New Zealand Has Smallest Working-Age Population Gain Since 2012
(Bloomberg) -- New Zealand posted the smallest increase in its working-age population in nine years last year, adding to signs of a labor shortage that could drive up wages and inflation.
The number of residents aged 15 years and over who could work rose by 26,500 to slightly more than 4.1 million in 2021, Statistics New Zealand said Wednesday in Wellington. That’s the smallest gain since 2012 and compares to a 70,500 increase in 2020.
New Zealand’s border has been closed to foreigners since March 2020, and the flood of citizens returning home during the first months of the Covid-19 pandemic has dried up. As labor shortages have begun to stoke wages and fuel faster inflation, the Reserve Bank has started to lift interest rates.
“If there’s a business out there that can’t get imported labor they are competing in the domestic labor pool to fill those vacancies, so most certainly it is contributing to tightness in the labor market,” said Miles Workman, a senior economist at ANZ Bank New Zealand in Wellington. “Covid has actually turned out to be much more of a supply shock and therefore an inflationary shock, and that includes wages.”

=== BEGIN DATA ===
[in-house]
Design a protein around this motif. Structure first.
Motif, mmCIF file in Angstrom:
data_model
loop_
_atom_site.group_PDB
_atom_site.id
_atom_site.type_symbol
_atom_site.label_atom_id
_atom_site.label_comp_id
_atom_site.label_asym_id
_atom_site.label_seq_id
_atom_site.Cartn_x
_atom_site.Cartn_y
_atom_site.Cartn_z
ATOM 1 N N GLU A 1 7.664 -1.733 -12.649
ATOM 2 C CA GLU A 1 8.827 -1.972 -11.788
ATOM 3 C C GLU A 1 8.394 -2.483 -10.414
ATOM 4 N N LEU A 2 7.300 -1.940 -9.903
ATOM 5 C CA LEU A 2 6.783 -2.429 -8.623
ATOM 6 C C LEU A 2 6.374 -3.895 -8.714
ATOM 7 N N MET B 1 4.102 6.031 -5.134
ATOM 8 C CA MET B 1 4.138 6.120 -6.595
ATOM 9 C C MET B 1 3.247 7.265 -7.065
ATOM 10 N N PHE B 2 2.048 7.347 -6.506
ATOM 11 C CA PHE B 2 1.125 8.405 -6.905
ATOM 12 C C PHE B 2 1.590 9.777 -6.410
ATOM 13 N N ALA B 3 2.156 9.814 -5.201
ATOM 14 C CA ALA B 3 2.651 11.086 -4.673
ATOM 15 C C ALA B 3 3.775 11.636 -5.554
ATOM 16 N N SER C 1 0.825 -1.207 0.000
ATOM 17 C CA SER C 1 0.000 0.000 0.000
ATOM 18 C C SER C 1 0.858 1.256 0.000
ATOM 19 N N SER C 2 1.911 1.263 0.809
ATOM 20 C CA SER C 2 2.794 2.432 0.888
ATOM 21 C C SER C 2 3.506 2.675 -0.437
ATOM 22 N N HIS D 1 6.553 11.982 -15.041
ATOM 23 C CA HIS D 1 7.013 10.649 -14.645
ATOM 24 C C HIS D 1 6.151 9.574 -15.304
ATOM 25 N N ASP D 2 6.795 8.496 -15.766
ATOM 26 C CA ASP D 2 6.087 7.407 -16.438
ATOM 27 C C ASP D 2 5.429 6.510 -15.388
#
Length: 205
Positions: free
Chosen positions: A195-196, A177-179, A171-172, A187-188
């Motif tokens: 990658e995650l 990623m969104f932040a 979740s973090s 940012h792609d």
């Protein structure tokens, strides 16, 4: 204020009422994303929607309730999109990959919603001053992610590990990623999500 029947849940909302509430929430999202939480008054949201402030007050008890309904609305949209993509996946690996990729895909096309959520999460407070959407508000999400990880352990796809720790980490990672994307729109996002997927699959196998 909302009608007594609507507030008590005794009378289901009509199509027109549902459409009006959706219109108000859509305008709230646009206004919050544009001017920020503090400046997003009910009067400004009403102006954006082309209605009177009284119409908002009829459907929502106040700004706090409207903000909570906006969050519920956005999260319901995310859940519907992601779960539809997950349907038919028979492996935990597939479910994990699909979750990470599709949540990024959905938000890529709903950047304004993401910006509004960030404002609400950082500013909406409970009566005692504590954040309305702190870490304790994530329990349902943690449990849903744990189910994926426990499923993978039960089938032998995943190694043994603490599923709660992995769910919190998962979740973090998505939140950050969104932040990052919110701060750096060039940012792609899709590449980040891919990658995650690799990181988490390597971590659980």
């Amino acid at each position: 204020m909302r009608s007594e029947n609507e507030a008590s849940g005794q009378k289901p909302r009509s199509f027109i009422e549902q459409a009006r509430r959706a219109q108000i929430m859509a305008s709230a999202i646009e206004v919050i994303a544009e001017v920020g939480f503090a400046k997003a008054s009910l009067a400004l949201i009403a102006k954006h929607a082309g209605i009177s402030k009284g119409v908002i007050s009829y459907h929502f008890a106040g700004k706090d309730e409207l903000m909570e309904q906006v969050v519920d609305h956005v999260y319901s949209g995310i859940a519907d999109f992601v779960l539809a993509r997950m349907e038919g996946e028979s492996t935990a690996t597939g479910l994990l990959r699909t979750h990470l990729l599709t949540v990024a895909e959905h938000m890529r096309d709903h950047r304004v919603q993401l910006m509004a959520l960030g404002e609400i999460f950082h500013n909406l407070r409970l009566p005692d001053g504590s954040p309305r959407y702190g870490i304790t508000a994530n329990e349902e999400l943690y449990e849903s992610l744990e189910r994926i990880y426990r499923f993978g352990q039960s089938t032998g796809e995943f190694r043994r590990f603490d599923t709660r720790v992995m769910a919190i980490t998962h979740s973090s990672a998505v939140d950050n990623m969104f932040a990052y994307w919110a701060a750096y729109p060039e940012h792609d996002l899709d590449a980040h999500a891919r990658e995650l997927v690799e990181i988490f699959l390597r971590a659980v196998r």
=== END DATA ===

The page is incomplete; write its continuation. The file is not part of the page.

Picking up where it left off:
The RBNZ increased the official cash rate twice in the final quarter of 2020 and signaled in November it will need to tighten policy more quickly than previously expected.
The central bank projected the working-age population would increase by 32,000 in 2021 and by 40,000 this year. It saw the jobless rate dropping to 3.2% in the fourth quarter of 2020 from 3.4% three months earlier.
Workman said the risks to price pressures in the economy are to the upside, and could get exacerbated if Omicron enters the country and prompts people to drop out of the labor market. Still, there are offsetting downside risks to demand and economic growth that the RBNZ will need to take into account when setting policy, he said.
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